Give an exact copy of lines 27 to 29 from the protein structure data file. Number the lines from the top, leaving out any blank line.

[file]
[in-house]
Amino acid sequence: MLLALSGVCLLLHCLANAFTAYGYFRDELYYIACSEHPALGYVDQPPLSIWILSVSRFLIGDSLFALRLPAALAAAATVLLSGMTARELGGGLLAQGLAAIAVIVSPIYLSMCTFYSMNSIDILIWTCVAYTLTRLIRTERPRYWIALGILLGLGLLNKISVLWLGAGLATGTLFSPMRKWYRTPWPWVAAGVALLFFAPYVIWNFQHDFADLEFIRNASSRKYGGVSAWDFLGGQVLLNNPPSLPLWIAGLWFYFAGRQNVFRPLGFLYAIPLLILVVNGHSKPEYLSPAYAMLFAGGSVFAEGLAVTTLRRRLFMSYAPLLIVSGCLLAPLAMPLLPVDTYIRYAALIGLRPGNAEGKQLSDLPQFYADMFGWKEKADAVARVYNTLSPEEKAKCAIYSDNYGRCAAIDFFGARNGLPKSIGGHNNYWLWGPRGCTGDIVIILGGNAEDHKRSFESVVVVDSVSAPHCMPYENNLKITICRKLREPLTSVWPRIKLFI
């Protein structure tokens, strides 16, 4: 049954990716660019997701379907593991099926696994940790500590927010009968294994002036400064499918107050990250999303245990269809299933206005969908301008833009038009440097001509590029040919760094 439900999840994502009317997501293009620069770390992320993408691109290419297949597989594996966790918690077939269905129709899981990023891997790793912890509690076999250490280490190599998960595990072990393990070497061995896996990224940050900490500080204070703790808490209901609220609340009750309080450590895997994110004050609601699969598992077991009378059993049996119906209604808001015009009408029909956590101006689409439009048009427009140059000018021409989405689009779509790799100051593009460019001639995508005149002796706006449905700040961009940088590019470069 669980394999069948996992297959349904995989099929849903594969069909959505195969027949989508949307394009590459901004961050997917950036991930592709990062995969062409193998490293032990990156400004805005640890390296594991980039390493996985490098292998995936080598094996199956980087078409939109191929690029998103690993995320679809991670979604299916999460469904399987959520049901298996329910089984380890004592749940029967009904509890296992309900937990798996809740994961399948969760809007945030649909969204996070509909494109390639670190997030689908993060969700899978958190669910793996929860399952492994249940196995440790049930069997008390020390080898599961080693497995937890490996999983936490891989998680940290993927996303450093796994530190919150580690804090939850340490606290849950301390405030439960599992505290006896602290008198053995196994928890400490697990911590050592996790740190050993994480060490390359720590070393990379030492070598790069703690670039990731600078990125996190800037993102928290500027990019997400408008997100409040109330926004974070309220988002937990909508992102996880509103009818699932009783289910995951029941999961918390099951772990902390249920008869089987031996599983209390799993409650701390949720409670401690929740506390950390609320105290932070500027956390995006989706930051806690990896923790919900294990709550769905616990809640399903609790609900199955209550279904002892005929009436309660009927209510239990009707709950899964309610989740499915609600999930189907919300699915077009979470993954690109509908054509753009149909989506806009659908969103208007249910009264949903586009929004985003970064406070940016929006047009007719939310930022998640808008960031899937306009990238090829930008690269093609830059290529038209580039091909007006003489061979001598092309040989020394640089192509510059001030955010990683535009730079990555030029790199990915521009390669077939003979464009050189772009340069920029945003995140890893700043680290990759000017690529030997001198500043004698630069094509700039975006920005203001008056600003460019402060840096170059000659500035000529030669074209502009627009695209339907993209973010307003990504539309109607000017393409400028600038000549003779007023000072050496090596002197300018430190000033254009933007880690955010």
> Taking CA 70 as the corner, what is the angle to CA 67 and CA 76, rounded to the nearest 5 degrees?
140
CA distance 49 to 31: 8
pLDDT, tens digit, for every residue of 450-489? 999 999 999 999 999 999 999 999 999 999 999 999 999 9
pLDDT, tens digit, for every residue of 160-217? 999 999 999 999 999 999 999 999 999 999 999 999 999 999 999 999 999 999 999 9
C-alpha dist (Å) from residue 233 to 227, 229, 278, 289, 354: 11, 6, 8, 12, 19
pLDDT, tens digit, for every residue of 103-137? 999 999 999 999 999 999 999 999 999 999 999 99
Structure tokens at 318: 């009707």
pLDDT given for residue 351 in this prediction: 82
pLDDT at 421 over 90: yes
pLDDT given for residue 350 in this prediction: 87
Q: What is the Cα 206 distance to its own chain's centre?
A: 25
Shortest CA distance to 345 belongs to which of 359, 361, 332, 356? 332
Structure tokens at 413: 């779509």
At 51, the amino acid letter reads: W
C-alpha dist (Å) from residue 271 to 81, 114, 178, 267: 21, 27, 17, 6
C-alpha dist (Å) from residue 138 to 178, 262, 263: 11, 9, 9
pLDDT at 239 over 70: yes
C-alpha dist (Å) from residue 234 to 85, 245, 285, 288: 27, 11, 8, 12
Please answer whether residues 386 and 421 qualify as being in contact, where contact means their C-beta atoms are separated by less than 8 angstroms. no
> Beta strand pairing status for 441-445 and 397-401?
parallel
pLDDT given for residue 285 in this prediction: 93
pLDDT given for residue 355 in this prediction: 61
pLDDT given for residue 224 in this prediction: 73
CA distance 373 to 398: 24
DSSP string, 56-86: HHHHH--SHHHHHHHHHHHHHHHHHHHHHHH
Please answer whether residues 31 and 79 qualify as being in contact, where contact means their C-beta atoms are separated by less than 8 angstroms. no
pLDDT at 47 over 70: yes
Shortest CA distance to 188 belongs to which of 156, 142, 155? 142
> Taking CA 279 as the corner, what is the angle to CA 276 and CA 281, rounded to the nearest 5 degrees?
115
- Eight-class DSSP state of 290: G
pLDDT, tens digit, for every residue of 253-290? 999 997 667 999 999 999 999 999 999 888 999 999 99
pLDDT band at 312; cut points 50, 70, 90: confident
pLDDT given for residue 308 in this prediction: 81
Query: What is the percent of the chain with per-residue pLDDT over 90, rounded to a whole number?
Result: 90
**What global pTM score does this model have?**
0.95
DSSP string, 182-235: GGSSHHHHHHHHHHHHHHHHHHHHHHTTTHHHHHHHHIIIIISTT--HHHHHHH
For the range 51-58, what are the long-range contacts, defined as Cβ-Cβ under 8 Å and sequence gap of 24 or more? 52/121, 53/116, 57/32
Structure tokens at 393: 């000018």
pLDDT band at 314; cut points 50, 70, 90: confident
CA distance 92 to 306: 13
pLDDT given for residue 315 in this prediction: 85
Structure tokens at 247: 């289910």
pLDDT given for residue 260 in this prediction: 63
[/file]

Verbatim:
pLDDT given for residue 285 in this prediction: 93
pLDDT given for residue 355 in this prediction: 61
pLDDT given for residue 224 in this prediction: 73